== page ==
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Tuesday, September 25, 2012

Supreme Court To Consider Race-Based Admissions, Drug-Sniffing Dog Cases

A police officer stands in front of the Supreme Court on the eve of oral arguments on President Obama's health care legislation on Sunday. (AP Photo/J. David Ake)


The Supreme Court issued one ruling and granted review of six new cases Tuesday, but none of them involve same sex marriage even though several cases concerning that issue are percolating in lower courts.

But the court already had a pretty full docket for the term that begins next Monday before Tuesday’s announcements.

The cases include race-based admissions at state colleges, whether the 4th Amendment allows drug-sniffing dogs to sniff at your front door and whether American companies can be sued in the US for outrageous actions abroad.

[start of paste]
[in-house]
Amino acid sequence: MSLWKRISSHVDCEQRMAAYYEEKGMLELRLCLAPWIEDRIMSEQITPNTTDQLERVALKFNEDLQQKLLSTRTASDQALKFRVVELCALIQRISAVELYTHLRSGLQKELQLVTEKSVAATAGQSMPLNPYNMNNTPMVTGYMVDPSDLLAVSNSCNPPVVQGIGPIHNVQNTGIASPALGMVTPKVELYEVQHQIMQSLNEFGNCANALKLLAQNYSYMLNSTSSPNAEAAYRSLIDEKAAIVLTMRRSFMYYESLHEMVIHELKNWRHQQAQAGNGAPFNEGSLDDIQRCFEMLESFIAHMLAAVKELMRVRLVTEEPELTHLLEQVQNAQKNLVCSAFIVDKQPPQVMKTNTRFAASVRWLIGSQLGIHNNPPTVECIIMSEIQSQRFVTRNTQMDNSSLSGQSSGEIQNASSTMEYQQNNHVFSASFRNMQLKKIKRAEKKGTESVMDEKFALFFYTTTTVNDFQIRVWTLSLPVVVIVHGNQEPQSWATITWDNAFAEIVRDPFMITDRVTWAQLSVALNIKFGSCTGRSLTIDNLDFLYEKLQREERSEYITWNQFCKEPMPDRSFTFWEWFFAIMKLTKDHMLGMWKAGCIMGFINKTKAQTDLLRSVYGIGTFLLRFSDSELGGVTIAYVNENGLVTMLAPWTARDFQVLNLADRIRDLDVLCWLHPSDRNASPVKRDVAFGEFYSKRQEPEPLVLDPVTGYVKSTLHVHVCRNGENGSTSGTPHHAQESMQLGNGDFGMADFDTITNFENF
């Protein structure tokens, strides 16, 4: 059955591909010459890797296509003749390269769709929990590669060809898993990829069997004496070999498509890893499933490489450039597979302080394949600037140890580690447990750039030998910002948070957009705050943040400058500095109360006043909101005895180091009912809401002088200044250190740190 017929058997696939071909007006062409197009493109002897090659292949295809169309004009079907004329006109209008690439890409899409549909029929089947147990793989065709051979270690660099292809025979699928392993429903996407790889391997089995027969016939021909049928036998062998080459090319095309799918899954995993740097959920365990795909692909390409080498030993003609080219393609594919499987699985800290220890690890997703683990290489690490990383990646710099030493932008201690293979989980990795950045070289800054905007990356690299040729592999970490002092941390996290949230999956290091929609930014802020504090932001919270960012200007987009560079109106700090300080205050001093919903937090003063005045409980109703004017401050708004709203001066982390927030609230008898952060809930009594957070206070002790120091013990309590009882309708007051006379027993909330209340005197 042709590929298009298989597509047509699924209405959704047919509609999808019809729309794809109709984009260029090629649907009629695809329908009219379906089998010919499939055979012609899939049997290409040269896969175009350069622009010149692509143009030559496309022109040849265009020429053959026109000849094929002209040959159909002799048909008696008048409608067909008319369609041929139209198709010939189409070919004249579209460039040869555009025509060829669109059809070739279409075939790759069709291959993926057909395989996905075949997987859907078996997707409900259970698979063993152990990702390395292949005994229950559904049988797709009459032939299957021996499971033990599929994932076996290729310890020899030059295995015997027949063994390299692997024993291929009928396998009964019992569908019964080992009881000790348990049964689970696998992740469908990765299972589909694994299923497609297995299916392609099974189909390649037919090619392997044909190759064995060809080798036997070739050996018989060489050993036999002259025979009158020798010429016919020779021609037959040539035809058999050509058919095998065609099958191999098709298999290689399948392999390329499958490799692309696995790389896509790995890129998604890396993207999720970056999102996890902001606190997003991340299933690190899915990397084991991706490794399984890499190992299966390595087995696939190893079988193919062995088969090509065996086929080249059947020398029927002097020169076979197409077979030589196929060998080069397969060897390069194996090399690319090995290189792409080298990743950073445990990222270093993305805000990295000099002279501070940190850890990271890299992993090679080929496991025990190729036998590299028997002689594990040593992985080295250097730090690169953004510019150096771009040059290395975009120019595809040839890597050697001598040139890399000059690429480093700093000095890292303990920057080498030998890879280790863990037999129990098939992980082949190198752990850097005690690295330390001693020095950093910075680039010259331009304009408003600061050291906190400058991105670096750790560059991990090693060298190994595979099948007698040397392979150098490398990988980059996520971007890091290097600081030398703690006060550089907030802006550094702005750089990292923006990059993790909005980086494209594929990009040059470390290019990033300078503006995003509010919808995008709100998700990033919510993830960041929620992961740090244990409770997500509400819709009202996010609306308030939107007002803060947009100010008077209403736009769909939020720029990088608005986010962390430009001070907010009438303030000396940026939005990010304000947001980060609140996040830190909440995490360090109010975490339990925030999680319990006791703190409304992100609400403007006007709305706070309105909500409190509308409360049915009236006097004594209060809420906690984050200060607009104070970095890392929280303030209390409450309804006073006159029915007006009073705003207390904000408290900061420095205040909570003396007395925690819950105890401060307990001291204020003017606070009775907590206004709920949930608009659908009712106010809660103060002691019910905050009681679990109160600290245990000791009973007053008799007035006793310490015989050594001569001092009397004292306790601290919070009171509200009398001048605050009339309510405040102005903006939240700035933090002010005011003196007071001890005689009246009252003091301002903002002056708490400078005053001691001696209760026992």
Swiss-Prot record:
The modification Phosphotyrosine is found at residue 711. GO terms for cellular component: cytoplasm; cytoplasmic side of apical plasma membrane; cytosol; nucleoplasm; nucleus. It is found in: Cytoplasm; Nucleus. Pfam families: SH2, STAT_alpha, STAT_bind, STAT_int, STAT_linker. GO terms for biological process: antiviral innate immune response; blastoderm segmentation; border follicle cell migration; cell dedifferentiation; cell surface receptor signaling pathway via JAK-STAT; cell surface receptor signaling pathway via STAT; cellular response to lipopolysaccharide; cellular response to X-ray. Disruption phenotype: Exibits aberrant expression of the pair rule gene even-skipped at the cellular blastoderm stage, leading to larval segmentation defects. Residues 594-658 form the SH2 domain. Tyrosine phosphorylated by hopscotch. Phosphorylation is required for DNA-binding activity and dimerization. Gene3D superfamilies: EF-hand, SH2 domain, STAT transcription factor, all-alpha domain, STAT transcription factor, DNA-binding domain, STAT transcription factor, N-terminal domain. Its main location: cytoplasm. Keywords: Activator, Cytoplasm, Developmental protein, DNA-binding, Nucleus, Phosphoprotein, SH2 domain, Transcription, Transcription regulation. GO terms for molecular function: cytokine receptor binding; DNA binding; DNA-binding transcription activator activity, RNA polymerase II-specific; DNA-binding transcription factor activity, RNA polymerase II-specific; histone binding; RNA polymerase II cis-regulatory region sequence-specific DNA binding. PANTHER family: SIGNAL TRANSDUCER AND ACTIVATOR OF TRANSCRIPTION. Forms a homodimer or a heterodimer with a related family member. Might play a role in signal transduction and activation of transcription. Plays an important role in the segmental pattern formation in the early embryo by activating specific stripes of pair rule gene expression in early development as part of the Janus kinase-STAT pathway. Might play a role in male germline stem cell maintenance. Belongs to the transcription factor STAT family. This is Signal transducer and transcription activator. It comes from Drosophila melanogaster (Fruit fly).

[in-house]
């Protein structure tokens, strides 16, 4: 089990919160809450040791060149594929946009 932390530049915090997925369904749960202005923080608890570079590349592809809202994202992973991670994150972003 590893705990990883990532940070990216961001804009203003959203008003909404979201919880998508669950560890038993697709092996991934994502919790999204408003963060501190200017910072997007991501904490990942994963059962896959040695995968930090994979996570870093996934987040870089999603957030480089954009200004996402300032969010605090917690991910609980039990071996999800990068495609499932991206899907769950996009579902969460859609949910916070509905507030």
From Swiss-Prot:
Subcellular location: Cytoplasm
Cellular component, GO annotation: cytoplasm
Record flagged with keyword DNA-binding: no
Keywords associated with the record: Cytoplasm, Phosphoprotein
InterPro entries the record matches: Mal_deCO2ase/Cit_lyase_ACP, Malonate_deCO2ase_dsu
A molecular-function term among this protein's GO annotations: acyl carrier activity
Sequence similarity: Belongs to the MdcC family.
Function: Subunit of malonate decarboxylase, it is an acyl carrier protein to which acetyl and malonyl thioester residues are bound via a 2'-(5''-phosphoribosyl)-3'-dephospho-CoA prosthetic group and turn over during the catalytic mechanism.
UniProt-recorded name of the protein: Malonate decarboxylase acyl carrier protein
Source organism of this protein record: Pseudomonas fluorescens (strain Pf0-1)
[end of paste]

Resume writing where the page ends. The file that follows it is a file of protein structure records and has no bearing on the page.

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Experts share a range of perspectives on how to combat the Islamic State militant group, and the role the U.S. should play.

Robin and Jeremy

Robin Young and Jeremy Hobson host Here & Now, a live two-hour production of NPR and WBUR Boston.

November 26 8 Comments

Arlo Guthrie Celebrates 50 Years Of ‘Alice’s Restaurant’

Listening to the 18-minute musical monologue has been a Thanksgiving tradition among folk music fans for decades.

November 26 Comment

One Refugee’s Story Of Coming To America

Paul Okot vividly remembers landing at JFK airport in New York at 7 years old, after fleeing violence in southern Sudan.

November 25 3 Comments

Rapper Le1f Finds Struggle And Moral Diversity In American Music

We've been asking musicians what they think of when they think "American music." Today we hear from Khalif Diouf, aka Le1f.

November 24 7 Comments

Ferguson: One Year Later

City council member Wesley Bell looks back on the past year since protests and violence swept the Missouri city.